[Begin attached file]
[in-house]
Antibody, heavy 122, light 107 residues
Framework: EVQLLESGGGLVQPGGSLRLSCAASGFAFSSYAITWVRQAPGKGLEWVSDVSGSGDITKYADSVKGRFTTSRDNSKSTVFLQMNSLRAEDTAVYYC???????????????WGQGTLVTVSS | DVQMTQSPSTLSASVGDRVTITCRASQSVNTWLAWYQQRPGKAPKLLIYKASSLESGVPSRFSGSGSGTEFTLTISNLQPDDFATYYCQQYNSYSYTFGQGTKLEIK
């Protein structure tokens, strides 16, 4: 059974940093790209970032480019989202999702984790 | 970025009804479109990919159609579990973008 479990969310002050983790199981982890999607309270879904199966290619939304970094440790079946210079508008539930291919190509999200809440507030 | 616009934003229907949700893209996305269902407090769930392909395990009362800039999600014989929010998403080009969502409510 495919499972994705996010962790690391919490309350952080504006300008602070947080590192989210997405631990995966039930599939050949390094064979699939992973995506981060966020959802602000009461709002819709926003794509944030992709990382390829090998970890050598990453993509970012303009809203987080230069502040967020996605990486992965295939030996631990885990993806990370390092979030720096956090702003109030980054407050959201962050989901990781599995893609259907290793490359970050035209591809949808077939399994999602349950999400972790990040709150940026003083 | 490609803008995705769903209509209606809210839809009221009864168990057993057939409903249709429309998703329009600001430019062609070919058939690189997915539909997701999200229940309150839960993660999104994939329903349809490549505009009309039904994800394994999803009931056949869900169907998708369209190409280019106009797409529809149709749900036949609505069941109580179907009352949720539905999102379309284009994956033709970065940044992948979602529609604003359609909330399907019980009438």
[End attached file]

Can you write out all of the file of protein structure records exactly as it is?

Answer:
[in-house]
Antibody, heavy 122, light 107 residues
Framework: EVQLLESGGGLVQPGGSLRLSCAASGFAFSSYAITWVRQAPGKGLEWVSDVSGSGDITKYADSVKGRFTTSRDNSKSTVFLQMNSLRAEDTAVYYC???????????????WGQGTLVTVSS | DVQMTQSPSTLSASVGDRVTITCRASQSVNTWLAWYQQRPGKAPKLLIYKASSLESGVPSRFSGSGSGTEFTLTISNLQPDDFATYYCQQYNSYSYTFGQGTKLEIK
């Protein structure tokens, strides 16, 4: 059974940093790209970032480019989202999702984790 | 970025009804479109990919159609579990973008 479990969310002050983790199981982890999607309270879904199966290619939304970094440790079946210079508008539930291919190509999200809440507030 | 616009934003229907949700893209996305269902407090769930392909395990009362800039999600014989929010998403080009969502409510 495919499972994705996010962790690391919490309350952080504006300008602070947080590192989210997405631990995966039930599939050949390094064979699939992973995506981060966020959802602000009461709002819709926003794509944030992709990382390829090998970890050598990453993509970012303009809203987080230069502040967020996605990486992965295939030996631990885990993806990370390092979030720096956090702003109030980054407050959201962050989901990781599995893609259907290793490359970050035209591809949808077939399994999602349950999400972790990040709150940026003083 | 490609803008995705769903209509209606809210839809009221009864168990057993057939409903249709429309998703329009600001430019062609070919058939690189997915539909997701999200229940309150839960993660999104994939329903349809490549505009009309039904994800394994999803009931056949869900169907998708369209190409280019106009797409529809149709749900036949609505069941109580179907009352949720539905999102379309284009994956033709970065940044992948979602529609604003359609909330399907019980009438």